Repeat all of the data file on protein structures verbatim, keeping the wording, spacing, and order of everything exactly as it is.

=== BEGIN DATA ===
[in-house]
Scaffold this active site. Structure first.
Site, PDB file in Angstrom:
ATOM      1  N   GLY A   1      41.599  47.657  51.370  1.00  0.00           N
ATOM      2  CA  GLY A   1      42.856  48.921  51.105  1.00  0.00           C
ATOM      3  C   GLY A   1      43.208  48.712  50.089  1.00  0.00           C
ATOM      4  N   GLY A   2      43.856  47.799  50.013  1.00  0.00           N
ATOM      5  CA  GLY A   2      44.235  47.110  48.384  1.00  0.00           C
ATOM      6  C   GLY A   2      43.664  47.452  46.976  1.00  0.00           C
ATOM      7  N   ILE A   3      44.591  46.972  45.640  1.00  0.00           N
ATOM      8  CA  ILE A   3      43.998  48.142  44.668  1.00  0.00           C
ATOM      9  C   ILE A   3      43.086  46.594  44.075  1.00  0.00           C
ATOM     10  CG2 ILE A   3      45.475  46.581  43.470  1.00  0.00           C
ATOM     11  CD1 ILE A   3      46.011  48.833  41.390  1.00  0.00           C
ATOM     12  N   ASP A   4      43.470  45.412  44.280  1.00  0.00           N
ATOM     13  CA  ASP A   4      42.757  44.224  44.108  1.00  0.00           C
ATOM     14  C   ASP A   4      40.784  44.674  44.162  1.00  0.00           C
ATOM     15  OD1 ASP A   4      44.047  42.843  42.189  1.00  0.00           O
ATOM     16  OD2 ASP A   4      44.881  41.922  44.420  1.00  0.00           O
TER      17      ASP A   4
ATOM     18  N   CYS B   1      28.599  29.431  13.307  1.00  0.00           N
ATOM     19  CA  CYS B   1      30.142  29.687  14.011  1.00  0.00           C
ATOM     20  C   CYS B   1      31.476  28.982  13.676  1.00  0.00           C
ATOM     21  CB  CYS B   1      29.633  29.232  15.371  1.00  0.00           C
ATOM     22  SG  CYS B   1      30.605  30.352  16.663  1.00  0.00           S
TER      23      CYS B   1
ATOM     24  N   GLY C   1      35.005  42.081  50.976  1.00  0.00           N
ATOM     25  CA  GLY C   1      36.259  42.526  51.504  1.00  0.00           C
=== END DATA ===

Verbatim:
[in-house]
Scaffold this active site. Structure first.
Site, PDB file in Angstrom:
ATOM      1  N   GLY A   1      41.599  47.657  51.370  1.00  0.00           N
ATOM      2  CA  GLY A   1      42.856  48.921  51.105  1.00  0.00           C
ATOM      3  C   GLY A   1      43.208  48.712  50.089  1.00  0.00           C
ATOM      4  N   GLY A   2      43.856  47.799  50.013  1.00  0.00           N
ATOM      5  CA  GLY A   2      44.235  47.110  48.384  1.00  0.00           C
ATOM      6  C   GLY A   2      43.664  47.452  46.976  1.00  0.00           C
ATOM      7  N   ILE A   3      44.591  46.972  45.640  1.00  0.00           N
ATOM      8  CA  ILE A   3      43.998  48.142  44.668  1.00  0.00           C
ATOM      9  C   ILE A   3      43.086  46.594  44.075  1.00  0.00           C
ATOM     10  CG2 ILE A   3      45.475  46.581  43.470  1.00  0.00           C
ATOM     11  CD1 ILE A   3      46.011  48.833  41.390  1.00  0.00           C
ATOM     12  N   ASP A   4      43.470  45.412  44.280  1.00  0.00           N
ATOM     13  CA  ASP A   4      42.757  44.224  44.108  1.00  0.00           C
ATOM     14  C   ASP A   4      40.784  44.674  44.162  1.00  0.00           C
ATOM     15  OD1 ASP A   4      44.047  42.843  42.189  1.00  0.00           O
ATOM     16  OD2 ASP A   4      44.881  41.922  44.420  1.00  0.00           O
TER      17      ASP A   4
ATOM     18  N   CYS B   1      28.599  29.431  13.307  1.00  0.00           N
ATOM     19  CA  CYS B   1      30.142  29.687  14.011  1.00  0.00           C
ATOM     20  C   CYS B   1      31.476  28.982  13.676  1.00  0.00           C
ATOM     21  CB  CYS B   1      29.633  29.232  15.371  1.00  0.00           C
ATOM     22  SG  CYS B   1      30.605  30.352  16.663  1.00  0.00           S
TER      23      CYS B   1
ATOM     24  N   GLY C   1      35.005  42.081  50.976  1.00  0.00           N
ATOM     25  CA  GLY C   1      36.259  42.526  51.504  1.00  0.00           C